INDIANAPOLIS - A hidden camera investigation from our investigators found a growing threat from illegal business flights of drones nationwide, prompting concerns from Indianapolis pilots and calls for action in Congress.
While the Federal Aviation Administration has not approved a single drone flight for business purposes anywhere in the country, the Call 6 Investigators found many businesses and entrepreneurs flying drones for aerial photography, including several that advertise drone flights in Indiana.
The investigators at our sister station WRTV in Indianapolis also pushed for the release of new documents from the FAA that show a rising number of safety complaints from pilots, as well as several drone companies that continue to fly after being warned by the FAA that their flights are illegal.
"I hope that the FAA gets involved in this and we get this stopped. This is a dangerous situation," Indianapolis pilot Roger Tomey said in response to the news report.
Drones, or Unmanned Aircraft Systems (UAS), are only legal for hobbyists to fly under 400 feet of altitude and away from airports and populated areas, according to standing FAA rules . The agency has ruled that any time money changes hands or profits are generated from flying a drone, those hobbyist rules no longer allow such flights.
The Call 6 Investigators requested enforcement documents, never before released by FAA, showing a rising number of complaints about drones surprising manned aircraft pilots in the air. The documents also show the FAA frequently issuing cease and desist letters or other warnings to drone services found to be advertising flights for hire, usually to produce aerial photography.
Among the highlights of those enforcement documents reviewed by Call 6 Investigators:
- 23 investigations were launched by FAA over the past two- years in response to complaints or inspectors finding drone flights depicted online
- 10 drone operators received warning letters or advisories that their flights were illegal
- 5 unauthorized drones were spotted by pilots and reported to FAA
- Several drone operators garnered new complaints after having been previously warned by the FAA that their flights were illegal
In some cases, the FAA closed its investigations into illegal drone flights when the suspected drone operators would simply claim that photos posted online were actually taken from licensed and manned planes or helicopters.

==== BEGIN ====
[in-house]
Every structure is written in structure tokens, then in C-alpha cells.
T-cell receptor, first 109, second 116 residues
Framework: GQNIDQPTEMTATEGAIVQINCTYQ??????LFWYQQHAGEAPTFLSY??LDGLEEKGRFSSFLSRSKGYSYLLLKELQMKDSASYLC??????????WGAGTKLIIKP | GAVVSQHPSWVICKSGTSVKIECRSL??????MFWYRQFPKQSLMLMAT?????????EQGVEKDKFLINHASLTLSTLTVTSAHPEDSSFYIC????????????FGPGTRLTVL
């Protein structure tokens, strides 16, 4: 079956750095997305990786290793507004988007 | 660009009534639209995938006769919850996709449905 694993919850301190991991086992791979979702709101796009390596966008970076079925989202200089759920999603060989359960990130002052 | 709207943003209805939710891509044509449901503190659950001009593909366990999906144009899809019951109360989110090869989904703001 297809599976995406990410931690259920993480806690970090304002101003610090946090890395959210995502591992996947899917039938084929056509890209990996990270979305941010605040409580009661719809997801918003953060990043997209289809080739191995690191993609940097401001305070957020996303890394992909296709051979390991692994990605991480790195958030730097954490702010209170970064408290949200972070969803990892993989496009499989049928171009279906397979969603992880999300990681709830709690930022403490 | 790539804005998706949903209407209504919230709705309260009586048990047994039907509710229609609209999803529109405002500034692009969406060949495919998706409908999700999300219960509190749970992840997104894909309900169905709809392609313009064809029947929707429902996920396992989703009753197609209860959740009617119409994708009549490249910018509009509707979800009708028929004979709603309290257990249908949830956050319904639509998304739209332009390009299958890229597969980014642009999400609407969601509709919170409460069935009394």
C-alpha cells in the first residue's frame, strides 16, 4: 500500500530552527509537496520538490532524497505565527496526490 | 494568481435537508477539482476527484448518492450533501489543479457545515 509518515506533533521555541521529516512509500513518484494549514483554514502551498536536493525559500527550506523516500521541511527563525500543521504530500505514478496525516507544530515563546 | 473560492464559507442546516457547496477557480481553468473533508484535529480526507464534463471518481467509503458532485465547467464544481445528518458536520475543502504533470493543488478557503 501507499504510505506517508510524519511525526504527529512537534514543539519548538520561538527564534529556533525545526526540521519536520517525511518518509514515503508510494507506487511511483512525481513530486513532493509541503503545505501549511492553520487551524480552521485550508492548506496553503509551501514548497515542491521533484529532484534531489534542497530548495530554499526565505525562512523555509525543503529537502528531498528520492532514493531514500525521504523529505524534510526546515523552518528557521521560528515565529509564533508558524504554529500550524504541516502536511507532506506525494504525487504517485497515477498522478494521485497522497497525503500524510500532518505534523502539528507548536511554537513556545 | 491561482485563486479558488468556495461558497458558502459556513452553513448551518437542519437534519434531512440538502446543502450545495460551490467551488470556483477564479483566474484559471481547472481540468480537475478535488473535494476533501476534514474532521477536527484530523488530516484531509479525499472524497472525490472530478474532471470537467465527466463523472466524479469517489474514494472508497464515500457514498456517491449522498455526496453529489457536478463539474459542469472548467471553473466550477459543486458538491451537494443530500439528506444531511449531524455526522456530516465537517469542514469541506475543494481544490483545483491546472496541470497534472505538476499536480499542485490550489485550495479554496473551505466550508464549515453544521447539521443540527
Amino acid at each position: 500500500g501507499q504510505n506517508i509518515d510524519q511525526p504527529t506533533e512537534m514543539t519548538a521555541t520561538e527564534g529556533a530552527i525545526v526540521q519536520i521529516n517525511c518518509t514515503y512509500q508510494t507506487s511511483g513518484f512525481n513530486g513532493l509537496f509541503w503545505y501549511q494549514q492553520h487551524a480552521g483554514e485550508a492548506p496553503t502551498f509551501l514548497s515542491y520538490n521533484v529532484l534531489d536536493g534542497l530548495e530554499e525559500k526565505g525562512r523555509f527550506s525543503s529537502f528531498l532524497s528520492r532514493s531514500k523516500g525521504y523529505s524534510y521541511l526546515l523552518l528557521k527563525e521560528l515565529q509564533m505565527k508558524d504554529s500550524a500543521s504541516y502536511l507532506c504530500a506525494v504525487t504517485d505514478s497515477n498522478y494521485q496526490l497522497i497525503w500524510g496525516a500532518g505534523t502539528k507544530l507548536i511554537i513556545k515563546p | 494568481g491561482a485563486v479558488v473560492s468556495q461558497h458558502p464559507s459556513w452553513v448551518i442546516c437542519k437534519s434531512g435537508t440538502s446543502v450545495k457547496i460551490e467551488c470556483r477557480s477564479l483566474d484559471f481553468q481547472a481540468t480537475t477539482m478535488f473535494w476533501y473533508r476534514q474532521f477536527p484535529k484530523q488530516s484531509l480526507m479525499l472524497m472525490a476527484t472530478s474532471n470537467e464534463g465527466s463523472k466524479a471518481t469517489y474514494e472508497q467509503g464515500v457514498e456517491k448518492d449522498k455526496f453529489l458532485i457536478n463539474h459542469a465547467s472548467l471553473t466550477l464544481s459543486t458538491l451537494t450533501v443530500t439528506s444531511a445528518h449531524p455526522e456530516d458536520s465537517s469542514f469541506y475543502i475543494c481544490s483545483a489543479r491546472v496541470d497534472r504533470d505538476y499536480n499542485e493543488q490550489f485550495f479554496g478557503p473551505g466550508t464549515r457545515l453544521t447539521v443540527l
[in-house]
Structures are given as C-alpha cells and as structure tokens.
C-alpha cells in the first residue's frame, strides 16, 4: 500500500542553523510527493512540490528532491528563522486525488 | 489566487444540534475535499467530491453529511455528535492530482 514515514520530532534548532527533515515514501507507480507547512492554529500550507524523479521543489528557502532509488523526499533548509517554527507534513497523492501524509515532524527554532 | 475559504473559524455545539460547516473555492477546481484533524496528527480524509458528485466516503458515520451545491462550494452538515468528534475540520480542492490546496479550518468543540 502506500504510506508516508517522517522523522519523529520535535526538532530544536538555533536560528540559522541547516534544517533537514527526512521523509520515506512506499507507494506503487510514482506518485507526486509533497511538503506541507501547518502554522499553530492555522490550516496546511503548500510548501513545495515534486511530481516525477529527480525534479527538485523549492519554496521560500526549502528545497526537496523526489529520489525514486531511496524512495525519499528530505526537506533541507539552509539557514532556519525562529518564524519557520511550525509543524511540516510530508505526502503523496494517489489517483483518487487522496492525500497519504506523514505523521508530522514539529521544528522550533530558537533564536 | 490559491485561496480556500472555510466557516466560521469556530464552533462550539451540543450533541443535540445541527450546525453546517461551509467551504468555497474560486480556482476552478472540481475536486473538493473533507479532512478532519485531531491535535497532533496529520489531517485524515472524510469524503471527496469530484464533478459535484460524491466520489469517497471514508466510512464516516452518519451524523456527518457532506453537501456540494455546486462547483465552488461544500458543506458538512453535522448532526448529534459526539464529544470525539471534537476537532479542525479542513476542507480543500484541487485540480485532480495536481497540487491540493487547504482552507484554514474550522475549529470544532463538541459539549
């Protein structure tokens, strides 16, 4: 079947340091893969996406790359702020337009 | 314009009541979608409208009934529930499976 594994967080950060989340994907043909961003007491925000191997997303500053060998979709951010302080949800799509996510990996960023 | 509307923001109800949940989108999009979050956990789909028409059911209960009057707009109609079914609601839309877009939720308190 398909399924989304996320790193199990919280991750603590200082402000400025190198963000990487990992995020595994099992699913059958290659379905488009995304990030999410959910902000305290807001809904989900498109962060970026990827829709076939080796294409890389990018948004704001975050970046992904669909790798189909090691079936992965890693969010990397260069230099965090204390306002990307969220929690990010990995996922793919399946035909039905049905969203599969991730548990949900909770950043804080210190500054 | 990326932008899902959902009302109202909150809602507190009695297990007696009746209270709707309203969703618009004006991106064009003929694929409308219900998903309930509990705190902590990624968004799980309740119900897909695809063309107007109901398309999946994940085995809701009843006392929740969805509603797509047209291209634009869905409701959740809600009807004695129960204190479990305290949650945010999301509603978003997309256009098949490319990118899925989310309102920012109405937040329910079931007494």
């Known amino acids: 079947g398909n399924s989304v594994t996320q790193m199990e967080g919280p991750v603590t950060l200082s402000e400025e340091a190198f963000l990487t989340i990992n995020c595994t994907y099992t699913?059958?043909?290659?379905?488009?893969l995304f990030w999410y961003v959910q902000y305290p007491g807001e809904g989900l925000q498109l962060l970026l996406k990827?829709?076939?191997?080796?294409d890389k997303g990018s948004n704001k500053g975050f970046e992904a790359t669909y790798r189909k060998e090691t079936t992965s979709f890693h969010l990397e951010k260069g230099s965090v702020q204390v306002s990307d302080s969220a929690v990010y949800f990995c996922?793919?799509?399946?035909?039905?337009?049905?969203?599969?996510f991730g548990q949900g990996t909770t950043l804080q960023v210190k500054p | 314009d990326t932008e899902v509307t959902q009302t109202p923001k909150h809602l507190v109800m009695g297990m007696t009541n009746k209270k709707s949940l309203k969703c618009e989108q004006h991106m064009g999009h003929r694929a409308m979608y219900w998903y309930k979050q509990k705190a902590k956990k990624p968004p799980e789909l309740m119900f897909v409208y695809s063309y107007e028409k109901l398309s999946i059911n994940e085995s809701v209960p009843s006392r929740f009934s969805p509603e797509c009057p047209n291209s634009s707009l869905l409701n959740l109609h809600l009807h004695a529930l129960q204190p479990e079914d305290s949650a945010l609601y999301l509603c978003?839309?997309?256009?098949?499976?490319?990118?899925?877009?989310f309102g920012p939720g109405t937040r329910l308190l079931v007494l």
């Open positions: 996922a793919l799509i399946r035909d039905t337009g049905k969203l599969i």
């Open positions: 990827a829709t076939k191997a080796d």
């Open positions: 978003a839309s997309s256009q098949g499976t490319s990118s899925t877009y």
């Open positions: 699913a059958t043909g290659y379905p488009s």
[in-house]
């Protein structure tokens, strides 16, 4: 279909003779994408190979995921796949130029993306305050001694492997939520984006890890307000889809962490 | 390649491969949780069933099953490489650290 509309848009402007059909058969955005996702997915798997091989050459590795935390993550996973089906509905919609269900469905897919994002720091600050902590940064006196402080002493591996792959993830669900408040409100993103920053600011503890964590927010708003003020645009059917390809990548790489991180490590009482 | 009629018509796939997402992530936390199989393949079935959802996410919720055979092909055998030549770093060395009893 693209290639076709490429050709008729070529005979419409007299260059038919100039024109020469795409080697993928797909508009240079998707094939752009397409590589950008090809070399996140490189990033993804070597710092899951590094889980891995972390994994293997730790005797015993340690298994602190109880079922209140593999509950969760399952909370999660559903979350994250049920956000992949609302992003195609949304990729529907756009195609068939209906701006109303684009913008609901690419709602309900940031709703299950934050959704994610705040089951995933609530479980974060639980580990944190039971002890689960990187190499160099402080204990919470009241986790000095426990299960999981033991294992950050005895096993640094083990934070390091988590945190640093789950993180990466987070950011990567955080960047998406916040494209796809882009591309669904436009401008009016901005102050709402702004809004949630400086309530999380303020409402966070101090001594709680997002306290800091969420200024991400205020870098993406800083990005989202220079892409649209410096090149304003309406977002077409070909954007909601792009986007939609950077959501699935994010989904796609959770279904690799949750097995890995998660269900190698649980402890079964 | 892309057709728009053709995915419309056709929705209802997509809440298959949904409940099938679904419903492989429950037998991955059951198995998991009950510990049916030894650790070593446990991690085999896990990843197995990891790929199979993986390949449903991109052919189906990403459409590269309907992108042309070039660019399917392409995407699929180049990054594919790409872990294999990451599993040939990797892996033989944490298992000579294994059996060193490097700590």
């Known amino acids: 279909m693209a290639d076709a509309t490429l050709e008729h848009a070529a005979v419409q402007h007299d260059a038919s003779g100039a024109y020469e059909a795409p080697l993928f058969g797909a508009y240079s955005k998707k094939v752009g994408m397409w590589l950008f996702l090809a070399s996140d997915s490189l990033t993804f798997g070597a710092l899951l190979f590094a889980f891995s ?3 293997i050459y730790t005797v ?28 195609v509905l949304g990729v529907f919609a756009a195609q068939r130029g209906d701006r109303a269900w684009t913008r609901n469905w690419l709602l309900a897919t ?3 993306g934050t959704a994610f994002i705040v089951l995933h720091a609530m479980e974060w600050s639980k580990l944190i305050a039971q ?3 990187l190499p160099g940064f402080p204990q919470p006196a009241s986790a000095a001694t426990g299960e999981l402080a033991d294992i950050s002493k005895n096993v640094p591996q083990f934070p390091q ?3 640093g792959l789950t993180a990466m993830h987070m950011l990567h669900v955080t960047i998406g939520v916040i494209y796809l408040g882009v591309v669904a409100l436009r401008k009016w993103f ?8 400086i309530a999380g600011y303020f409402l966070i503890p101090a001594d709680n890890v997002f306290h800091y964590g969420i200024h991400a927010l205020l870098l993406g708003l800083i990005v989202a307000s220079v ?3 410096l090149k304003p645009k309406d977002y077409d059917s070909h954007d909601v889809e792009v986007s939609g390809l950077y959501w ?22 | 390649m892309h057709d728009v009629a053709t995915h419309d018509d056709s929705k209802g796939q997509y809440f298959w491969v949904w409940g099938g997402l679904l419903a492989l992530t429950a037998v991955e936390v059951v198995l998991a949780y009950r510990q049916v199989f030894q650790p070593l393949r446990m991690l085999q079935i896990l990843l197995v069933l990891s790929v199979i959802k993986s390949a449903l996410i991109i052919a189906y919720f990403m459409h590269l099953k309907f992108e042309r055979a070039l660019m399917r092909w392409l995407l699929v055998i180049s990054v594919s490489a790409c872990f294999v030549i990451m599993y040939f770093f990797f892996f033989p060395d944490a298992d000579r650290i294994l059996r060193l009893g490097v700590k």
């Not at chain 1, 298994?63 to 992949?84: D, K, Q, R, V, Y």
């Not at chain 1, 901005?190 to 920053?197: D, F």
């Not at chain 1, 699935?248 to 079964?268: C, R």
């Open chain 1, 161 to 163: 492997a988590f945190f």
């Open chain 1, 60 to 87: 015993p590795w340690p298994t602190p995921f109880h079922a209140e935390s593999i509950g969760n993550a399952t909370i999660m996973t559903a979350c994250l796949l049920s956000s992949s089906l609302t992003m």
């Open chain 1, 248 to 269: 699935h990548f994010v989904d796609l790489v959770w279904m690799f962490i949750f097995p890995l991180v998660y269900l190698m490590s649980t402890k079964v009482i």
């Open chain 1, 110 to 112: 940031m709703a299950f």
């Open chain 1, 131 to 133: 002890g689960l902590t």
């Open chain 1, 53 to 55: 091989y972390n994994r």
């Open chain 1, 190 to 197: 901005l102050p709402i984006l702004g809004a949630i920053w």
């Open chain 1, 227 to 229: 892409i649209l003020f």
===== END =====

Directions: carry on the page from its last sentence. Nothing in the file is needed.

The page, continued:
"It concerns me greatly. This is an accident waiting to happen," said Tomey. "You’'re going to end up causing a very serious situation that could cost somebody their life," he said, calling the Call 6 Investigators reporting "highly upsetting."
FAA enforcement records provided to the Call 6 Investigators also included:
- March 2011 -- The only fine ever issued: A proposed $10,000 fine against a drone operator for an aerial picture-taking flight at University of Virginia (Charlottesville), where FAA inspectors wrote that dangerous maneuvers were performed near bystanders.
- March 2012 -- FAA inspectors wrote that drones were used in filming of "On Dangerous Ground" in Alaska. Case closed when drone operator couldn't be established.
- October 2012 -- FAA asked for Orlando police assistance in locating a drone near an airport. Pictures were posted online, but case was closed when operator couldn't be established.
- Several investigations launched in New York City after photos were posted online or drones were reported by bystanders.
- August 2012 -- Contractor hired to map out evacuation routes for FEMA admitted to flying up to 10,000 feet without any approval by FAA
- November 2012 -- Operator of drone warned to stop after online video showed flight near Winthrop, Mass.
- September 2012 -- Air traffic controller in Warwick, R.I. complains of drone flying in his airspace
- September 2011 -- Pilot in Houston reported spotting drone flying near him along Interstate 10 near downtown
- May 2012 -- Pilot in Fredericksburg, Va. reported seeing drone pass within 100 feet of his wing
In March of this year, an Alitalia airliner made national news headlines when the pilot reported spotting a drone as he was trying to land at New York's JFK Airport.
An Indianapolis pilot of a small plane reported spotting a drone to airport managers in Greenwood. Those managers told our investigators that the pilot spotted the drone a few hundred feet below him and flying in the opposite direction at a high rate of speed.
Another Indianapolis pilot, Tom Jeffries, who runs a flight school at the same Greenwood airport, said, "It just puts a whole new dimension on the idea of safety, because we're concerned about birds, we're concerned about other airplanes, and now we're throwing in something that is totally uncontrolled.
"They're not going to appear on radar, you're never going to see them until they hit something," Jeffries said.
"When they suck one of those drones into the engine of an airplane, then it'll get everybody's attention. And they'll